Web analyst – an elusive animal

by Ben Myers

June Dershewitz recently wrote on the Online Behaviour blog about her career as a web analyst and the trajectory of those who are relatively new to the field of web analytics. Her excellent piece described some trends in staffing web analysts – but for those with little time or short attention spans, I’ll sum it up in two words: very difficult.

She describes that hiring a web analyst (like those here at Napkyn) can be difficult because most of these individuals:

-Move quickly from project to project, out of either desire for variety or need for stimulation;

-Manage several projects outside their full-time responsibilities – June describes her experience with the WAA and keeping up her social media profile, or;

-Are frustrated by the glass ceiling (The desire to move up in the organization).

As the latest web analyst hire here at Napkyn, I can honestly say that I’ve encountered some of these difficulties. For instance, my previous analytics-related gig lasted only four months.

You can tell the Napkyn Analyst Program is built for analysts (but with clients definitely in mind) because it attempts to remedy some of these recurring web analyst complaints.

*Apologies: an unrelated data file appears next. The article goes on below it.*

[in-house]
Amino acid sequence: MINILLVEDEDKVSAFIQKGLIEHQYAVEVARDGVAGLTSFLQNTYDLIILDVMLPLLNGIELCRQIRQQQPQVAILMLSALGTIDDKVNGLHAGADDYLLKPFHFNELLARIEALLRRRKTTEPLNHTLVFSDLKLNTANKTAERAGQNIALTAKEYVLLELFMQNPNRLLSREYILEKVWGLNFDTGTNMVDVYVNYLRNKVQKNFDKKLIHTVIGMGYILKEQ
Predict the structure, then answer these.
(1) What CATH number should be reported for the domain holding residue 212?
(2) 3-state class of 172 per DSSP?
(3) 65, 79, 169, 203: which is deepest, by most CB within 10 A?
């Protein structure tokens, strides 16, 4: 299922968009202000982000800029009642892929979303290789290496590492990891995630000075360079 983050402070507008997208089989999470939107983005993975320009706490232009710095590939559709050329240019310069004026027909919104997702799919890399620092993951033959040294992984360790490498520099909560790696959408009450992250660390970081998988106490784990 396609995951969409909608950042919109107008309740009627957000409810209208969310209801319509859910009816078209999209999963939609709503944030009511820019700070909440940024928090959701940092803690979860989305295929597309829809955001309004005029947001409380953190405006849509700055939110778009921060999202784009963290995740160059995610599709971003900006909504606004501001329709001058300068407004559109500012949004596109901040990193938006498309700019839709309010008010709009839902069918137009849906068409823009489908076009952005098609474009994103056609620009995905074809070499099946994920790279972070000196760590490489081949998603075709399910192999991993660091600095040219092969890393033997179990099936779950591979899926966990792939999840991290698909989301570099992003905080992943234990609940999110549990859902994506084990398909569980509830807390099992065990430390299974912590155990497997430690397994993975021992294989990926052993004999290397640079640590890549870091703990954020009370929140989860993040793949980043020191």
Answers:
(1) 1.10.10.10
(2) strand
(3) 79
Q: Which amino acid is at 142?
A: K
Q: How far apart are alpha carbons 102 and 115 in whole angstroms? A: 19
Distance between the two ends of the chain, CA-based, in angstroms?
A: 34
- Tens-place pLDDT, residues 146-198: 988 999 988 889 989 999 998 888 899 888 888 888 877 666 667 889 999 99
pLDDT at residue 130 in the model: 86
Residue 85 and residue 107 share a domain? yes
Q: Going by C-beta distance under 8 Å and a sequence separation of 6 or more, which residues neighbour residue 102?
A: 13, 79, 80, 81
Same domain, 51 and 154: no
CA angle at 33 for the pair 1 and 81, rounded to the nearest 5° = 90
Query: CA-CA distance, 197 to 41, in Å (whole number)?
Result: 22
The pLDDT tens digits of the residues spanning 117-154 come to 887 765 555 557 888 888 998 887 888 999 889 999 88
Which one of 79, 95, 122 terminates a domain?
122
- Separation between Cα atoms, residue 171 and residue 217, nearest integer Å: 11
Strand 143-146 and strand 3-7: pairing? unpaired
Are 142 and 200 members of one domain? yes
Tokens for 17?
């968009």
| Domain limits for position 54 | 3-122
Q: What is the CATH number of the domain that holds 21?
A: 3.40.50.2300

At the moment, I’m handling five client accounts, and being supported by a Senior Analyst. That’s certainly enough variety for me. Rotating through these accounts gives my brain some new material to ponder while picking up best practices along the way.

Working in a team of web analysts is a great environment too. Money-making ideas are thrown across the room like nerf footballs. I try to catch the ones that are best for my clients.

Though most of these clients are ecommerce-related, they have a variety of goals and tools in mind. Whether it’s ‘voice of customer’ tools, heat mapping, search engine optimization, email marketing, or a focus on paid search ROI, I’m never at a loss of topics to research.

And though we try to maintain a solid website and active social media profile, Napkyn web analysts are not freelancers – new business is fine and dandy, but keeping our current clients happy is even better. So that’s where my attention goes.

Overall, it’s about keeping analysts happy, and our clients too.

These are just a few of the perks the Napkyn Analyst Program – we’re pretty proud of it and we’d like to hear what you think.

Ben Myers


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